The other Japanese show takes place at the Korakuen Hall in Tokyo. This show has 7 contests and starts with a fight between the debuting Ryusuke Arai (0-0) and the win-less Toshiki Maruyama (0-4). Arai is one of two debutants on the show with Shinya Ito (0-0) also fighting a win-less opponent as he fights Akihito Mitsumura (0-1).
It's not just the debutants in 4 round contests as Shunsuke Fukushima (1-1-1, 1) also fights in a bout scheduled for 4, unfortunately however we're unsure who he will be fighting.
Following the three short bouts there are four bouts scheduled for 8 rounds. The first of these 4 bouts will see Ryo Nakamura (7-2, 3) fighting Ryuta Wakamatsu (8-8, 5) in what should be a victory for Nakamura unless Wakamatsu can connect with his heavier artillery. This bout will be followed by a contest between Japanese based Filipino Johnreil Maligro (8-0, 6) AKA-Jun Sakura, and Thailand's Kosol Sor Vorapin (17-17-1, 11). This will be a huge shock if Kosol wins, despite his clear edge in experience.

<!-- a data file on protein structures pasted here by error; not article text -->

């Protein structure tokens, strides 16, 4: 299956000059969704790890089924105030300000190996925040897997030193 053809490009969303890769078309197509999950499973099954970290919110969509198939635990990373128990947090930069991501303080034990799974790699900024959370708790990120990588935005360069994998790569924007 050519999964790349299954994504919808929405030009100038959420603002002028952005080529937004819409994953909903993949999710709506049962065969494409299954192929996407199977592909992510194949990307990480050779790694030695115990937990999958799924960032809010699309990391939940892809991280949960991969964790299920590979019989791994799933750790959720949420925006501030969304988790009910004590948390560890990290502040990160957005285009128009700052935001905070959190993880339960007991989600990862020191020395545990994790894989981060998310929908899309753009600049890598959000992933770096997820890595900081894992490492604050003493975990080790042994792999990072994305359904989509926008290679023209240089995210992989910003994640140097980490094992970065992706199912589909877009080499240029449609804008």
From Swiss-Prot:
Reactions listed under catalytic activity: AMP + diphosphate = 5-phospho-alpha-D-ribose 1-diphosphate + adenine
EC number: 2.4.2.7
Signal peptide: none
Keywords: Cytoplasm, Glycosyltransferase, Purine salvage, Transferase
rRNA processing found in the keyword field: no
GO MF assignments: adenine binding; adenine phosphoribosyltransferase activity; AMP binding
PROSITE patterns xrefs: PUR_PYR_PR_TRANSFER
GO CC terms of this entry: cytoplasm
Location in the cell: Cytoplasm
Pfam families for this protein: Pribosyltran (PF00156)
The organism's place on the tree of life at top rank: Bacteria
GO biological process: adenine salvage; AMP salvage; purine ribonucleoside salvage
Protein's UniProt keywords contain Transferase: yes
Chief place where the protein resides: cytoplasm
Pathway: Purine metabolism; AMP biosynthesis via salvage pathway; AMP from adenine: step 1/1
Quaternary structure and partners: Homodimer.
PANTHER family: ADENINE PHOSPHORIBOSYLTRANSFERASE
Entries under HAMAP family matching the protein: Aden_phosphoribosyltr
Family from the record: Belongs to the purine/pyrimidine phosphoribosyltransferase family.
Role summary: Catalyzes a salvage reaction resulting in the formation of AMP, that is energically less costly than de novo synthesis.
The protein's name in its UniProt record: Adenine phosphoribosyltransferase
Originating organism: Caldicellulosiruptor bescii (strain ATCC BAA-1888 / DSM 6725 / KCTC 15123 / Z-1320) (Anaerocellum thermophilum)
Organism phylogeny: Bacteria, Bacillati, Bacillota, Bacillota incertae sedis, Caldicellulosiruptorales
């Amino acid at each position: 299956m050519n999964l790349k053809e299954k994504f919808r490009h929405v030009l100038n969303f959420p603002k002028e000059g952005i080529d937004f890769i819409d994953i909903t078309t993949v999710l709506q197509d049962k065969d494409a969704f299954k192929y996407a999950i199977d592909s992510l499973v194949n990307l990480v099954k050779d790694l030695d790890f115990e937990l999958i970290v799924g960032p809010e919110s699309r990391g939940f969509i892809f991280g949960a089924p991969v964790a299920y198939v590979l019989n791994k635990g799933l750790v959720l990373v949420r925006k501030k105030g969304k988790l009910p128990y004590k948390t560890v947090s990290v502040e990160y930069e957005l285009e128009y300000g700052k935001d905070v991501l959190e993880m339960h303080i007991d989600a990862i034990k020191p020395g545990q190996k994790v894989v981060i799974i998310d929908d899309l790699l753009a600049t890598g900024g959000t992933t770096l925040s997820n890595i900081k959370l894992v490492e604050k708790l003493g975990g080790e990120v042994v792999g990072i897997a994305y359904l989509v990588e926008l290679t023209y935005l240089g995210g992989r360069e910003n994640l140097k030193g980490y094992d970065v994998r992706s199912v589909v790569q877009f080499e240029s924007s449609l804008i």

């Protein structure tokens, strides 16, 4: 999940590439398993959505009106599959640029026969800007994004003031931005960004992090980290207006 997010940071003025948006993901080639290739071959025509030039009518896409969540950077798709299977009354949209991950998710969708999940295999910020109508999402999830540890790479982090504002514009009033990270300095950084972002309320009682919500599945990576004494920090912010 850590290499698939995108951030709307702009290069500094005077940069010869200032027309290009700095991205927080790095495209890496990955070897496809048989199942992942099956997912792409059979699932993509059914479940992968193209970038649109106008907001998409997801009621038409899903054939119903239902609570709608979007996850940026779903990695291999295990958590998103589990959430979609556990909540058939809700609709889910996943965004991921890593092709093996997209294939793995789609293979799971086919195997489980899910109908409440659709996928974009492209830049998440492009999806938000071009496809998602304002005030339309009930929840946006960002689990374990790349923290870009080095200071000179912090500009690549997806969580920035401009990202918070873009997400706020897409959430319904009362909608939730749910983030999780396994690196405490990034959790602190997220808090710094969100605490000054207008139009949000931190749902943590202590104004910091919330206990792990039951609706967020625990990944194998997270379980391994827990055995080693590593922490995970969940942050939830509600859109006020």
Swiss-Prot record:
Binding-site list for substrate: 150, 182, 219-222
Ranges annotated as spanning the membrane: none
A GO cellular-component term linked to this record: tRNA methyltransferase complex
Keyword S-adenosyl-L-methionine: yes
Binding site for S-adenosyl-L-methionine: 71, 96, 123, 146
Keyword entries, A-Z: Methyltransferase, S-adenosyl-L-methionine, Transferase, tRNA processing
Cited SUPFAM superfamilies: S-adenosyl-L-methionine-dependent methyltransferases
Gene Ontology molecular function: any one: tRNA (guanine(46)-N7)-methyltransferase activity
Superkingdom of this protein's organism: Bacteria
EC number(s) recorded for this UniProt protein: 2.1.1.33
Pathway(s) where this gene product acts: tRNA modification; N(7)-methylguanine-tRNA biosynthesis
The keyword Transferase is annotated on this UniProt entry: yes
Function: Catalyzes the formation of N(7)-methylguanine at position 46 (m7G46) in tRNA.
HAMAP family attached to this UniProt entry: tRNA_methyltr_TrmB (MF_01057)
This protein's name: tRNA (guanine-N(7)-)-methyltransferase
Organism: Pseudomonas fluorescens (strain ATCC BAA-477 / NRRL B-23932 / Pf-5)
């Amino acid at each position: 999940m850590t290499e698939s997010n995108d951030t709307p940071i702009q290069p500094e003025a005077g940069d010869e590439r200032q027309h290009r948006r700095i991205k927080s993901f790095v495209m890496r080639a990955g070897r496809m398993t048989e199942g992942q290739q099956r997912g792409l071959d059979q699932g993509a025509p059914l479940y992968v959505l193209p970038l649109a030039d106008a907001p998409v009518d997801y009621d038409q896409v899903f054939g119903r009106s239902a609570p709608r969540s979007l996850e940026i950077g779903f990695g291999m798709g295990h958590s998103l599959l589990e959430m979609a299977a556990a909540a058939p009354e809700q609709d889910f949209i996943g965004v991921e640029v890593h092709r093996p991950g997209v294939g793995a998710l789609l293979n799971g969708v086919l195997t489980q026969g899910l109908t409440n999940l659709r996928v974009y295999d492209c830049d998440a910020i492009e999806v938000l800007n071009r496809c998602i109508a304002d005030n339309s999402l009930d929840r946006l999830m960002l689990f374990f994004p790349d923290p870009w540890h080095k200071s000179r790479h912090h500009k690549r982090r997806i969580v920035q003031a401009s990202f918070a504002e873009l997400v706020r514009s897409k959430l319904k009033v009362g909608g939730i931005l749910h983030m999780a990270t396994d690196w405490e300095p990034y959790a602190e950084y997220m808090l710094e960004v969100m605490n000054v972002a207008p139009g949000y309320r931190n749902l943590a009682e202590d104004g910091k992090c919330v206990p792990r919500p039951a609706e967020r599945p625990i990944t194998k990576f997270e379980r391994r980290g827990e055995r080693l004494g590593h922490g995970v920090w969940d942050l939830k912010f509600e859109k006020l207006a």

Kosol isn't the only Thai that we expect to see beaten on this show as Eakkreenkrai Mor Krungthepthonburi (0-2) battles Kuninobu Shimamura (15-3, 10). It is worth noting however that Shimamura was unexpectedly beaten last time out by RJ Ano-os.
The final bout on this show Kazuhiko Hidaka (31-7, 22) fighting in what looks like a total mismatch against Shiro Saito (6-3-1, 2). The experience edge for Hidaka is huge here and he was a former OPBF Light Middleweight champion, however at 35 years old he is significantly older than Saito who has just turned 26.
Staying in Asia we expect to see the fast rising “Prince” Albert Pagara (17-0, 12) in action in the Philippines. Pagara is listed to fight against Indonesian Ruben Manakane (12-11, 8) though there is a few question marks surrounding this contest due to the issues currently in the Philippines.
We also have action in Russia where we get an eight fight card including two title fights.